Ford Motor’s (F) Q4 earnings report was decidedly mixed, with a miss on EPS and a beat on automotive revenues, increased business in North American and falling market share elsewhere, while tariff disputes and currency exchange rates took a toll on the bottom line.
In a way, Ford’s troubles – and strengths – typify the state of manufacturing in general. But we can get a possible view of future developments if we take a look upstream, at some of the major automotive suppliers. A number of the major players on that end are showing signs of rallying.
Three important parts suppliers have just reported earnings, or are reporting in the next few weeks, and Wall Street’s analysts have been updating their ratings in response. So far, the results and forecasts are looking good; if major suppliers are an indicator, the automotive industry is looking at a strong summer. We can dip into TipRanks’ database to see why the analysts are bullish.
Lear Corporation (LEA – Research Report)
Lear reported earnings on January 25, and the adjusted figures just beat the expectations. The company, which manufactures components for automotive seating and electrical systems, reported adjusted earnings of $4.05 per share, or $261.3 million total. The forecast had called for an EPS of $3.95.
The similar figures for the year-ago quarter were $4.38 EPS and $300.4 million in total earnings. Gross revenues were also down, at $4.94 billion compared to $5.36 billion last year.
So not a great report, although not as bad as the prognosticators had anticipated. Since the earnings report came out, LEA has received four ‘buy’ ratings in a row. Wall Street’s industry analysts clearly don’t seem fazed by the numbers.
James Picariello (Track Record & Ratings) of KeyBanc weighed in first, giving LEA a $190 price target and suggesting an upside potential to the stock of 22%. In his comments, he said, “Lear is one of the few companies with an appropriately conservative guidance framework already in place.” He added that he “sees several upside scenarios to his model and believes multiple expansion is warranted amid the company's best-in-class free cash flow.”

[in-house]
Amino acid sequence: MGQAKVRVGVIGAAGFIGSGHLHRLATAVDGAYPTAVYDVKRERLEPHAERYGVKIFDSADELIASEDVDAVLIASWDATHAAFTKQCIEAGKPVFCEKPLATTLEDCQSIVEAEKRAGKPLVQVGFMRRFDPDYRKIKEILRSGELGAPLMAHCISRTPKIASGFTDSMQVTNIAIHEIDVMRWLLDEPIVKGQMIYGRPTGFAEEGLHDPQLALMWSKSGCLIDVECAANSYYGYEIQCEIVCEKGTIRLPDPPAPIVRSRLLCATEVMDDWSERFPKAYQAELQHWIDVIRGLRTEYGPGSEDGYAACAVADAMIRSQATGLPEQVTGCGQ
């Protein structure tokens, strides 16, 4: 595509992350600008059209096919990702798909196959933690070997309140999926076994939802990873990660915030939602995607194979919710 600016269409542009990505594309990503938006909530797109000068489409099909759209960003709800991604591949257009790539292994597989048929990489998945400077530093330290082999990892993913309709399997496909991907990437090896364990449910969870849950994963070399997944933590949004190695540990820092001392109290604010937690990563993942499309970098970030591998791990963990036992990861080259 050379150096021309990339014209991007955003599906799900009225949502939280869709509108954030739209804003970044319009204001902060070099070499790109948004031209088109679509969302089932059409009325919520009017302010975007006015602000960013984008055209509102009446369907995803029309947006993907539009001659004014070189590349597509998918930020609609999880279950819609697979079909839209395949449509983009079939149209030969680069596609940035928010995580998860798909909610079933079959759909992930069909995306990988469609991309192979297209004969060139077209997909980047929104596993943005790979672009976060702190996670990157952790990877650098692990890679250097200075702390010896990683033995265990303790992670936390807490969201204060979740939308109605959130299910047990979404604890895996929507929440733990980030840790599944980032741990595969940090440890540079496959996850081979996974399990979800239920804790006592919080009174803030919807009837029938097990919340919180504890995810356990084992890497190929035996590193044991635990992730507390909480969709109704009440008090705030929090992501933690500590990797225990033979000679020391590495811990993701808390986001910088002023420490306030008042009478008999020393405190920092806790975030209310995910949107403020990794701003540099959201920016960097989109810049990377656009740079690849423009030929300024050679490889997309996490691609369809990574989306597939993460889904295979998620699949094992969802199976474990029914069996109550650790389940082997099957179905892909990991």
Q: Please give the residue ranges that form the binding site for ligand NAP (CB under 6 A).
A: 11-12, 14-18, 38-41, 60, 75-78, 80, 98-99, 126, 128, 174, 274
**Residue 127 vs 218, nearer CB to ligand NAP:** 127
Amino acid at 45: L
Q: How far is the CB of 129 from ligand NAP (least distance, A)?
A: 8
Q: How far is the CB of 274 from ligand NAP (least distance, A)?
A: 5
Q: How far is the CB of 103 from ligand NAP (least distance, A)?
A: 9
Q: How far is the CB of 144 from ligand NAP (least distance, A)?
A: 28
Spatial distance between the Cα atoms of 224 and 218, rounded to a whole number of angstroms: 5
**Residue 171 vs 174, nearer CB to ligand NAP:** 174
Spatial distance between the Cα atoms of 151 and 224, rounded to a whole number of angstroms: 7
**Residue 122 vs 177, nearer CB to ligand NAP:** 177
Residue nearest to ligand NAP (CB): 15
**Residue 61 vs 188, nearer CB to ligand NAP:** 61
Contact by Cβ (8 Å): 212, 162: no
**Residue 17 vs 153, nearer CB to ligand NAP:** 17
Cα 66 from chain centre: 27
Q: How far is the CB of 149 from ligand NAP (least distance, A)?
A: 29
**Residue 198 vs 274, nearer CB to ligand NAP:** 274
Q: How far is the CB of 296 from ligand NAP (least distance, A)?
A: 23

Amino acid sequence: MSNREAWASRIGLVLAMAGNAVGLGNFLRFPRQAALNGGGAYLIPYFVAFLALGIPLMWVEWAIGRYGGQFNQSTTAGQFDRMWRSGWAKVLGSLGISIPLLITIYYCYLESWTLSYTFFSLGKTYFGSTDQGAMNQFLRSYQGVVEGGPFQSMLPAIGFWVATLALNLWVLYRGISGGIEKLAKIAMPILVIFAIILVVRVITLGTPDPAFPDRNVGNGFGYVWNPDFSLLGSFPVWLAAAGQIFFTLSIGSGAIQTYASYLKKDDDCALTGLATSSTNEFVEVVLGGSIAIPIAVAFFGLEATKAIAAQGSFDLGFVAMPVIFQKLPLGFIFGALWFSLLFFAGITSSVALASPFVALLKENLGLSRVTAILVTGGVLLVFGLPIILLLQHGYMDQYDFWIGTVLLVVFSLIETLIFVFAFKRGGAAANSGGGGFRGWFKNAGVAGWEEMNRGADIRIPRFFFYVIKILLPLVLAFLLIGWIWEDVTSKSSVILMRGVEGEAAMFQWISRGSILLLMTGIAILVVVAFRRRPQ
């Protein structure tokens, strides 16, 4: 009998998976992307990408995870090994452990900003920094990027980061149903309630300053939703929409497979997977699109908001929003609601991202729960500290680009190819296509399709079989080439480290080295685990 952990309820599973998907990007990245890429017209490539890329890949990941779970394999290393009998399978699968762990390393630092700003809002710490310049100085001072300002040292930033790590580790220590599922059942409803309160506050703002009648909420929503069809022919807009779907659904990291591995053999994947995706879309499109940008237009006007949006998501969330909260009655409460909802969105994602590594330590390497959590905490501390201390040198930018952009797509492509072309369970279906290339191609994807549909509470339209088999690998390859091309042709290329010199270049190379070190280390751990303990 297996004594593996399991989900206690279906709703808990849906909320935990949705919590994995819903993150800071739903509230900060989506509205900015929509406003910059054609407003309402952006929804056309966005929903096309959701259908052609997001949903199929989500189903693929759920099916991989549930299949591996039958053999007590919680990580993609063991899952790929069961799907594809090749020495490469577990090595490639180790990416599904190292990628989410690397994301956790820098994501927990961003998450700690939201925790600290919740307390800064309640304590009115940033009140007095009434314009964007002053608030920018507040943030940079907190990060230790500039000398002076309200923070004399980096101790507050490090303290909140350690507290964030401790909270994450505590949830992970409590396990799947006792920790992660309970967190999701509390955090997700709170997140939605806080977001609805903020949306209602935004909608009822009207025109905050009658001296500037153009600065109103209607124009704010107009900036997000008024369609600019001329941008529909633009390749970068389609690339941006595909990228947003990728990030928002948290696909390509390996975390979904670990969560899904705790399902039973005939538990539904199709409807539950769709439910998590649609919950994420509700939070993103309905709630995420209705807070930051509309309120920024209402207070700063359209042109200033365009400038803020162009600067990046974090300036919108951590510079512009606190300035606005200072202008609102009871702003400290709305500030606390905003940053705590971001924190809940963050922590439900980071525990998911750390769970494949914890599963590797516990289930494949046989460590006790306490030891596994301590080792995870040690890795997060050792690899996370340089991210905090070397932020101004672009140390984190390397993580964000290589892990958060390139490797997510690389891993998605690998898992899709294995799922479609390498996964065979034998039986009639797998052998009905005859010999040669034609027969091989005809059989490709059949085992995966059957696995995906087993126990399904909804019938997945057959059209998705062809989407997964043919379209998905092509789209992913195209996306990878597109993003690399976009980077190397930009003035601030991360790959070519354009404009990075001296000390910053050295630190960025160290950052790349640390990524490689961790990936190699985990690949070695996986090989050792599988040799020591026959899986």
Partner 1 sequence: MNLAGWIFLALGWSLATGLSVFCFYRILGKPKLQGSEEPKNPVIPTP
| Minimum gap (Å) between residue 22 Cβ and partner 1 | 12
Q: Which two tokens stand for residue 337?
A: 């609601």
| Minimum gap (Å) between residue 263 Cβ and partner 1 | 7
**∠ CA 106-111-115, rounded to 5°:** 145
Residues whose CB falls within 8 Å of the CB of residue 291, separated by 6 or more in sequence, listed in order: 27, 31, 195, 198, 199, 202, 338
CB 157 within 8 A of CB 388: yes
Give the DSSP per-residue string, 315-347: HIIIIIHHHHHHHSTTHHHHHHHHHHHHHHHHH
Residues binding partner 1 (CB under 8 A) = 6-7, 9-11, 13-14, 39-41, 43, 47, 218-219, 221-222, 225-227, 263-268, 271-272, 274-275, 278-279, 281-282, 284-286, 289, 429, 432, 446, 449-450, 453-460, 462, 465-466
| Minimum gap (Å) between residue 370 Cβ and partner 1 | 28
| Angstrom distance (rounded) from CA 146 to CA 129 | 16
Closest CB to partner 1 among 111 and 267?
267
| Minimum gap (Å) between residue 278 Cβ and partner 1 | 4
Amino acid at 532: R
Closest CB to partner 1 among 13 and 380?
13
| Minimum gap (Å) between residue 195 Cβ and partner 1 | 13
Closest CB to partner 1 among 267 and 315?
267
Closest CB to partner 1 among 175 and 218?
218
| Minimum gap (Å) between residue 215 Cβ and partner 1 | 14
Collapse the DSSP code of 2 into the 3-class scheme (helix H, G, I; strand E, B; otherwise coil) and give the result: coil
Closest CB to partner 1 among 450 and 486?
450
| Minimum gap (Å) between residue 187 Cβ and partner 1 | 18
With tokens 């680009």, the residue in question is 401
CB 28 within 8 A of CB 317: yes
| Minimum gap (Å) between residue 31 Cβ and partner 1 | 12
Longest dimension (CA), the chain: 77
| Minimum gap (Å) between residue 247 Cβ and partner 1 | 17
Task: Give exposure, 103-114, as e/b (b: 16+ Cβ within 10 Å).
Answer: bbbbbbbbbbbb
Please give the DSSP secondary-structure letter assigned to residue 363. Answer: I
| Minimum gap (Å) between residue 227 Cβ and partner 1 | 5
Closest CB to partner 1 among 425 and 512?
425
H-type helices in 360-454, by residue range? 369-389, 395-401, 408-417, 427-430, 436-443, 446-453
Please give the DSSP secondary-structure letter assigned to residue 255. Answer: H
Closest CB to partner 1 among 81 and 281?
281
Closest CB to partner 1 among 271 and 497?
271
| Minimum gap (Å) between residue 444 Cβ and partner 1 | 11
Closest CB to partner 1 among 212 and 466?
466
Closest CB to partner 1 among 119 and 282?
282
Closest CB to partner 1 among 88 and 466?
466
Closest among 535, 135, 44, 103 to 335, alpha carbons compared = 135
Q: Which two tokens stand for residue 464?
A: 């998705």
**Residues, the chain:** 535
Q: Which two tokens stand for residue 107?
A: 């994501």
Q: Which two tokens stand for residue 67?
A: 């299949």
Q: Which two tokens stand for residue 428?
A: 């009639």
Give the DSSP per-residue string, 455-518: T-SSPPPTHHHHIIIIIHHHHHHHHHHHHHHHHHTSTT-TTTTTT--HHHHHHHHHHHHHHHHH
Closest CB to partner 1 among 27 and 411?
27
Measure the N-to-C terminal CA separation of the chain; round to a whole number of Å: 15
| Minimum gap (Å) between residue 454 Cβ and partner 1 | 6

Also reviewing Lear was Baird analyst David Leiker (Track Record & Ratings). Leiker believes “the company remains a second half of 2019 story as revenue/margins ramp and industry volumes improve.” His price target and upside potential are modest, however: $158 and 2%. It’s important to note that the he did raise his price target 12%.
Overall, Lear holds a ‘Strong Buy’ analyst consensus, based 9 ‘buy’ reviews and 1 ‘sell.’ The average price target of $170 gives a 10% upside when compared to the $155 current share price.
American Axle & Manufacturing Holdings, Inc. (AXL – Research Report)
American Axle builds drivetrain systems and components for the major auto manufacturers. In short, the Detroit-based company builds the parts that make your car go. Axle is looking up in profits, and is expected to report 43 cents per share on February 15. While that is down from last year’s same-quarter result of 90 cents, it does represent a full-year EPS of $3.28. And it’s important to remember that Axle has beaten the estimates in 3 of the last four quarters reported.
So don’t count Detroit down. Wall Street’s market analysts are definitely not. Morgan Stanley’s Armintas Sinkevicius (Track Record & Ratings) saw fit to raise his price target of AXL, to $19, and to give the stock a 25% upside potential. At the same time, five-star financial blogger Nilanjan Choudhury (Track Record & Ratings), writing at Zacks Equity Research, listed AXL as a true bargain, a stock that offers high potential at a low cost of entry. He based his evaluation on a series of factors, including AXL’s outperformance of the S&P500 over the last week, 4 weeks, and 12 weeks.
Overall, AXL also gets an analyst consensus of ‘Strong Buy.’ This is based on 4 recent reviews, including 3 ‘buys’ and 1 ‘hold.’ The stock currently sells at $15.13 per share, making it remarkably affordable, and the average price target of $16 gives a 5.75% upside potential.
BorgWarner, Inc. (BWA – Research Report)
Where Lear is best known for car seats, and American Axle for drivetrains, BorgWarner builds transmission and powertrain components. These are specialized parts, and are essential to the function of every automobile on the road, as anyone who has ever stripped out a gear can testify.
Powertrains don’t come cheap, and BorgWarner is expected to report quarterly sales of $2.57 billion on February 14. The expected EPS is $1.07. Both numbers are just slightly lower than the year-ago quarter’s results of $2.59 billion and $1.10 EPS. 2018 full-year sales are expected at $10.53 billion, and projections put 2019 full-year sales at $10.94 billion.
Baird analyst David Leiker (Track Record & Ratings) sees a solid foundation for those numbers, attributing the company’s growth potential to the industry’s general move toward both electric and autonomous vehicles. BorgWarner, producing key powertrain components, is perfectly positioned to take a leading role in supplying parts for the new technologies. While Leiker did not set a price target to BWA shares, he did give them a solid ‘Buy’ rating.
Other analysts have set definite targets to BWA, and the stock has an average price target of $47.50. This gives a 15% upside when compared to the share price of $41. The stock has an analyst consensus of ‘Moderate Buy,’ based on 7 ratings, including 5 ‘buys’ and 2 ‘holds.’ Note that the four most recent ratings – all ‘Buy,’ have come since January 16, while all of the ‘holds’ are dated January 6 or earlier.
Author: Michael Marcus